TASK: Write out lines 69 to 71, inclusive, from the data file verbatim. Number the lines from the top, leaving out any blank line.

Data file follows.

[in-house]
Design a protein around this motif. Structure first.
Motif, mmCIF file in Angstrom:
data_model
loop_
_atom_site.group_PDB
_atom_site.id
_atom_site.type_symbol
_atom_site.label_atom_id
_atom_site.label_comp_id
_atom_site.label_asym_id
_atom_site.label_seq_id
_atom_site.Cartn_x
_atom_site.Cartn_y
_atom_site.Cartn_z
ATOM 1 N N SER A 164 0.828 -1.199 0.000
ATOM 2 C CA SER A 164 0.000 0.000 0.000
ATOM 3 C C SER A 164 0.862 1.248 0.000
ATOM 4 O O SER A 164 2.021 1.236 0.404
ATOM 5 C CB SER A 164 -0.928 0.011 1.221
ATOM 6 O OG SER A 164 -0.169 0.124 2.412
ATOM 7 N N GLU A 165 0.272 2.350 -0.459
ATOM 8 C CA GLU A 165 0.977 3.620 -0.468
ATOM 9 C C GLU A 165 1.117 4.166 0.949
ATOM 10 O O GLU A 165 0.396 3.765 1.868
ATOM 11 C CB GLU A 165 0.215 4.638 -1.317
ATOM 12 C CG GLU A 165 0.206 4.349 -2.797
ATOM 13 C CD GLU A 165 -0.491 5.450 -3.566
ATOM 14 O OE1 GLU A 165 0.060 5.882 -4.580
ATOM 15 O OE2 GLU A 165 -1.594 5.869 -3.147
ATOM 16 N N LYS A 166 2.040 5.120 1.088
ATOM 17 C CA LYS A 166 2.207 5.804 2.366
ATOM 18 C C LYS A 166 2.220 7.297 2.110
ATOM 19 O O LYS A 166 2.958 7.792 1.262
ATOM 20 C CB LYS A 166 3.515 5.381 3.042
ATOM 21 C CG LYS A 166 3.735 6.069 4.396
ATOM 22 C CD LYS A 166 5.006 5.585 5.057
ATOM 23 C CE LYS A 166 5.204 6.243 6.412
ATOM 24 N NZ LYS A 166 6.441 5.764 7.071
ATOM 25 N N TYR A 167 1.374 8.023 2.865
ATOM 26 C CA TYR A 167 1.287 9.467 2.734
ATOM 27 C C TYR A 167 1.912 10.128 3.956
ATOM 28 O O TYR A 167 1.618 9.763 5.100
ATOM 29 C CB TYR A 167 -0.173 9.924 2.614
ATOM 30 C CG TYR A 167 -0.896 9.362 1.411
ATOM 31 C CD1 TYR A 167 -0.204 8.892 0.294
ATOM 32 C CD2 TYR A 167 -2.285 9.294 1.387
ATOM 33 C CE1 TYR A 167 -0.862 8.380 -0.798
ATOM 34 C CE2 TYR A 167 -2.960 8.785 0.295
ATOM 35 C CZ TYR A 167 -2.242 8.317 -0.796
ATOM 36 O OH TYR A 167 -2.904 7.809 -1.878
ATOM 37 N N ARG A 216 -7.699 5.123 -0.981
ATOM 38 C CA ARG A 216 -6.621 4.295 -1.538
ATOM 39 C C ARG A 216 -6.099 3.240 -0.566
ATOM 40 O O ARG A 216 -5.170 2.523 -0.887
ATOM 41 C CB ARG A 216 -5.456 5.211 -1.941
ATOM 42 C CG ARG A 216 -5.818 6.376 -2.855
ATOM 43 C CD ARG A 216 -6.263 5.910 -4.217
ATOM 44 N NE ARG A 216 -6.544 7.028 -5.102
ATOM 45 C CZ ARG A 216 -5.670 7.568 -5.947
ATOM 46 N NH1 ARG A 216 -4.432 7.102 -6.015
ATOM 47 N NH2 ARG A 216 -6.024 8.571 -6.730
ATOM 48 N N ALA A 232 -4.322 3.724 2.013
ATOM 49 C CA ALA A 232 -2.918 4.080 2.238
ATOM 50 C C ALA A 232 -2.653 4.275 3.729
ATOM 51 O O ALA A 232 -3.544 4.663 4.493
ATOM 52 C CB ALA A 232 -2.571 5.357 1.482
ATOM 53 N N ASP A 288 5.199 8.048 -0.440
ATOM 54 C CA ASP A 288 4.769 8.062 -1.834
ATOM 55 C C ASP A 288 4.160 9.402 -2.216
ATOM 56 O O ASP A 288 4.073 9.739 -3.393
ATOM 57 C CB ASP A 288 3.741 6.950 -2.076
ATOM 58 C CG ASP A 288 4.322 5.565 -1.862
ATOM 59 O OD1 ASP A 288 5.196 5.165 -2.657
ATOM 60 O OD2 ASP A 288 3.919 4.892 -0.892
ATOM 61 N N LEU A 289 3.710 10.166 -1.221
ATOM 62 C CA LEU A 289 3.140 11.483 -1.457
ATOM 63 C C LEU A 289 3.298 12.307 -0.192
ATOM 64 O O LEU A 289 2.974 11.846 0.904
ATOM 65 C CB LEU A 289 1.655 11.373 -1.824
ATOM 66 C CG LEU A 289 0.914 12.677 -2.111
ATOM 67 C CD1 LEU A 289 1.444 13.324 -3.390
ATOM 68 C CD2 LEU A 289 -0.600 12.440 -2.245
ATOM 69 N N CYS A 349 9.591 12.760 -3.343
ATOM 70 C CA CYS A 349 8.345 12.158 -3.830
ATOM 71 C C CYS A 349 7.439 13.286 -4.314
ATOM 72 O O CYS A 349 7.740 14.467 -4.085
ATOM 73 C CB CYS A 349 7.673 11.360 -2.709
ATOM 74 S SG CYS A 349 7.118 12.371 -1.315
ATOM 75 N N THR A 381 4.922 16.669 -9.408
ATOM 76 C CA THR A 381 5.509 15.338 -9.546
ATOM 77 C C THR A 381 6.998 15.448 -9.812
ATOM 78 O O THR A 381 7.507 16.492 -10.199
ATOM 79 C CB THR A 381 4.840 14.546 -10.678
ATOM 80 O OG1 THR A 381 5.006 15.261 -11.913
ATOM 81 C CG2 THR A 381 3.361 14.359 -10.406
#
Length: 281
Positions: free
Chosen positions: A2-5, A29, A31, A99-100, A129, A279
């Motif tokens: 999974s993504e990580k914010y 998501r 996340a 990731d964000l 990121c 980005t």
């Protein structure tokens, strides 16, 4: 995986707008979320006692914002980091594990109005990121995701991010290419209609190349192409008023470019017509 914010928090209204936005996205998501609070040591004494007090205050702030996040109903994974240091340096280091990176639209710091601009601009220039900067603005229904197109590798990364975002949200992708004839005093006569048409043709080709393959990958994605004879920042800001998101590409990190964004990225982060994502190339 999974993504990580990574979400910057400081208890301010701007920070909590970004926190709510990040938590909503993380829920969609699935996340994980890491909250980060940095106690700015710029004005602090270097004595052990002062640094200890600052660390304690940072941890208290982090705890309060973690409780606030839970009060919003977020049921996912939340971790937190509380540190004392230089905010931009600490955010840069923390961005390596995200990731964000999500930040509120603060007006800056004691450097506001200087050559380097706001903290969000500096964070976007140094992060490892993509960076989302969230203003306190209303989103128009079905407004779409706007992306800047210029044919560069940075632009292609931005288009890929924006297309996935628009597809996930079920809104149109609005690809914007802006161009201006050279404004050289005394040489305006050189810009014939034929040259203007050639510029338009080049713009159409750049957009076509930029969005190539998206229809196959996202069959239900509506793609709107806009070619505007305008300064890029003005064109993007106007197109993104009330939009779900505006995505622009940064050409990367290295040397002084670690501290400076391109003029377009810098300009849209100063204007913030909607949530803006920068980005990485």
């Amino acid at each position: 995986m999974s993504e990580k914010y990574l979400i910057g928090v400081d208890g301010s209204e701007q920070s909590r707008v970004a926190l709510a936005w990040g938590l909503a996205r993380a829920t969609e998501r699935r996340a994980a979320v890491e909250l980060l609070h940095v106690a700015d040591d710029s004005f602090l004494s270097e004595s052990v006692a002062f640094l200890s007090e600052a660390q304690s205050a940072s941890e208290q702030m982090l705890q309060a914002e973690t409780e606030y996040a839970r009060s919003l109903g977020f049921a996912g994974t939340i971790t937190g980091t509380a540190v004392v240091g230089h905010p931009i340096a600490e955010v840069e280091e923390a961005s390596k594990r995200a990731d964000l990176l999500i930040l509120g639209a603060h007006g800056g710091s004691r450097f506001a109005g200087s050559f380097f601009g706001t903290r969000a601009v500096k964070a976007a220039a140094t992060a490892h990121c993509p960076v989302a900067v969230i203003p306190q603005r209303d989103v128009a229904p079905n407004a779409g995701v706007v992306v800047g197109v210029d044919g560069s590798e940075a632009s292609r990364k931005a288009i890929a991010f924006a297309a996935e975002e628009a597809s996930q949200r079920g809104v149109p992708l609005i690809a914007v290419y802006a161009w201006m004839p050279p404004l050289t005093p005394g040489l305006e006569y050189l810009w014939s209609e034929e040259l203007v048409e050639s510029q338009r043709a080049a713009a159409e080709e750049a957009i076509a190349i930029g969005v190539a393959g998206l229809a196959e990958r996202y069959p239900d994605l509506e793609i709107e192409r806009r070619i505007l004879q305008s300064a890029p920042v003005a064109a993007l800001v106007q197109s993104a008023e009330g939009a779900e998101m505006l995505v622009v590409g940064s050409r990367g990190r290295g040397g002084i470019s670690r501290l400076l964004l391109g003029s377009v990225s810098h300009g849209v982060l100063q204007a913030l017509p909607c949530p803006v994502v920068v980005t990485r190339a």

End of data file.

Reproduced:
ATOM 54 C CA ASP A 288 4.769 8.062 -1.834
ATOM 55 C C ASP A 288 4.160 9.402 -2.216
ATOM 56 O O ASP A 288 4.073 9.739 -3.393